In the end, as I've argued with biometrics, the criminals will be beaten by process, not technology point solutions. If the defences against external attack are strong, then criminals will seek to get on the inside. The correct response is not to strengthen the exterior with biometrics (though I'm not sure biometrics do strengthen it), but instead to make sure that staff are vetted, exceptions or unusual activity is identified and monitored and good management is in place.

Process is not terribly exciting, but it will be the element that determines whether technology defeats criminals or not.

Friday, April 11, 2008

Embedded Call Centre Video

I've been seeing quite a bit on video call centre lately, and most of the focus has been on video as an alternative to just voice communication. I've done quite a bit of posting on this lately in "Video and contact centre - some thoughts" and "For a Friday - Contact Centre, video and the call centre movie".

One area more neglected area of video where there's some interesting ideas is the agent desktop. The thoughts here are more around embedding video for the agent as either e-learning or brand awareness training. As an example, I've embedded the trailer for the call centre movie below.

The thinking is that this way agents could quickly learn about the latest TV advertising campaign, for example, that an organisation is using to generate inbound sales traffic. If this campaign were to be run only at peak times then there is a high probability that the agents on the shift that takes the calls will not have seen it.

Other uses potentially include adding dynamic content to portals and integrating it with mashups. Mashups with Video and VoIP enablement strike me as very interesting area for the desktop and is something I'll look at in more detail soon.

Thursday, April 10, 2008

Latest Gartner Magic Quadrant on IVR & Speech Self-Service

A good article on the Speech Technology Magasine Website setting out the details of the latest Gartner Magic Quadrant for IVR and Self-Service ( titled the "Magic Quadrant for Interactive Voice Response Systems and Enterprise Voice Portals, 2008." and available from Gartner here).

I was quite please to see that the Microsoft Speech Server was dropped from the Magic Quadrant as I've never found it a relevant offering for the European Contact Centre. I've gone into the details of this previously (in "Technology firms, Europe and speech recognition" and "Speech Market Share"), but the main reason is that if you don't offer speech in European languages, you will struggle to sell in the European market.

It was also good to see Holly Connect getting onto the magic quadrant. I've seen a bit of them in the European market and their network based IVR/ self-service solution looks interesting for those who would like their self-service hosted by a network carrier. They're an Australian company in origin, so I wouldn't be surprised to see them push further into Europe and Asia-Pacific.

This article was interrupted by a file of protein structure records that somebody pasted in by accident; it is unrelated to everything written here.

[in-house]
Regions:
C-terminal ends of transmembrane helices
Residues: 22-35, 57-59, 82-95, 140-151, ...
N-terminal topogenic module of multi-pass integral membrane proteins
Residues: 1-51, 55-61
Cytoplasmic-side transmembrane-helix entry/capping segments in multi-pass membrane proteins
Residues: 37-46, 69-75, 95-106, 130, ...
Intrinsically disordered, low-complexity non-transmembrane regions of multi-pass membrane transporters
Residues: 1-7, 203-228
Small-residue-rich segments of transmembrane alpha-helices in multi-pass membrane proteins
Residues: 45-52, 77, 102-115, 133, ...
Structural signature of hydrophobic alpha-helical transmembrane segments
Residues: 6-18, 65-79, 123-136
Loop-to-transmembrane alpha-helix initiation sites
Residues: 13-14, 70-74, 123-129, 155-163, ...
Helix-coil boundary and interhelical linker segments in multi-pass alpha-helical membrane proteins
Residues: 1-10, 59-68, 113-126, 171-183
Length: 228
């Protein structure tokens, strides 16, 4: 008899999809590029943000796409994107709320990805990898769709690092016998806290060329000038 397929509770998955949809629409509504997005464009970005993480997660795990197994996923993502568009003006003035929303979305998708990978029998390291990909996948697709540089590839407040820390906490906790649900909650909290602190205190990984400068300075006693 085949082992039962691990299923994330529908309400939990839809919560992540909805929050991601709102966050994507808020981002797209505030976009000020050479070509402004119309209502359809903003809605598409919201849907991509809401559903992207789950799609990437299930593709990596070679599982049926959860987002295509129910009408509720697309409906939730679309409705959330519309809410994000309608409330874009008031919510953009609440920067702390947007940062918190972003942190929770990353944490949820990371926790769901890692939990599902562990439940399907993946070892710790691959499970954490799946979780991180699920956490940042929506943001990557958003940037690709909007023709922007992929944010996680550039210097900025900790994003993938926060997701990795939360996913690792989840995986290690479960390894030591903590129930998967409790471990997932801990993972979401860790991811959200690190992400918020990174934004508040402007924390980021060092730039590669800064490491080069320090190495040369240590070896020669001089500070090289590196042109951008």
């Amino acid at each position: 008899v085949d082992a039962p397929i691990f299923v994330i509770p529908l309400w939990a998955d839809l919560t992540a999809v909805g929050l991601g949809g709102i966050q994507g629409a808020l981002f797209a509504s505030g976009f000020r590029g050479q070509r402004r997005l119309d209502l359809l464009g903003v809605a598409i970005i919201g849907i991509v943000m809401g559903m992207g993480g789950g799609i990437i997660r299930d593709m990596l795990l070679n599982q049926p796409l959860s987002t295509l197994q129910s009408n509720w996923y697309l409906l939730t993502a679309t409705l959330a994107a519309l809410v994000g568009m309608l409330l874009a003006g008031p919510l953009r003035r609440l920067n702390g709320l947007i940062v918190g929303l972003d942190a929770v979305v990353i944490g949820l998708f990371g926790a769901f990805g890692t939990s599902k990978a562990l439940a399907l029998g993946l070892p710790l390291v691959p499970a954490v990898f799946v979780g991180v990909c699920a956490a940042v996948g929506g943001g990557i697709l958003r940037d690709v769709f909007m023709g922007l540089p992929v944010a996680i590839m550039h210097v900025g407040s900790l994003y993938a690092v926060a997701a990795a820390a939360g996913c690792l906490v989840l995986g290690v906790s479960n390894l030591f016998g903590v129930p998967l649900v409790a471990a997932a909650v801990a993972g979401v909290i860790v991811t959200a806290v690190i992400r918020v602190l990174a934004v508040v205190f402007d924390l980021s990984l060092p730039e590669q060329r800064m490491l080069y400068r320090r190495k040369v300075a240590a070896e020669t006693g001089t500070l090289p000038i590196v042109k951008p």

Otherwise, the Magic Quadrant has the usual firms in the leader's segment, Genesys, Avaya, Cisco, Intervoice and Nortel. For the full details (I won't duplicate them here) best to look at
the Speech Technology Magasine Website or buy the report Gartner .

Wednesday, April 09, 2008

Capital One cuts 750 UK jobs at Nottingham Call Centre

Not the best news from the Daily Telegraph and Finextra, but perhaps one of the first signs of the credit crunch hitting the call centres of UK financial services firms.

I'd wondered in January this year if trends the call centre job market were a warning sign that things were getting much tougher ("Are Onshore call centre jobs always good news?"). The post was triggered by news of increased hiring for onshore jobs in debt management call centres. Come the credit crunch, these firms look like some of the few potential winners.

I was also interested, though, by the Telegraph's comment that Capital One was suffering from increased competition and had reported a 72pc fall in net profit in the three months to December, down from $390.7m a year earlier to $226.6m. In addition, the bank took a $1.9bn charge for loan losses.

Low margins and lots of competition is not a good place to be in and is one of the few areas where offshoring might make sense (other than getting out of the market altogether). I've talked about this before ("
Is cost a contact centre issue or a symptom?"), but offshoring doesn't fix a broken business model.

My suspicion is that the credit crunch will mark a big decision for the remaining monoline credit card companies. They need to work out whether they fight for value (like Amex) and can afford a call centre or, if they targeted lower margin business, if they have to think about cost and start looking at self service to control costs.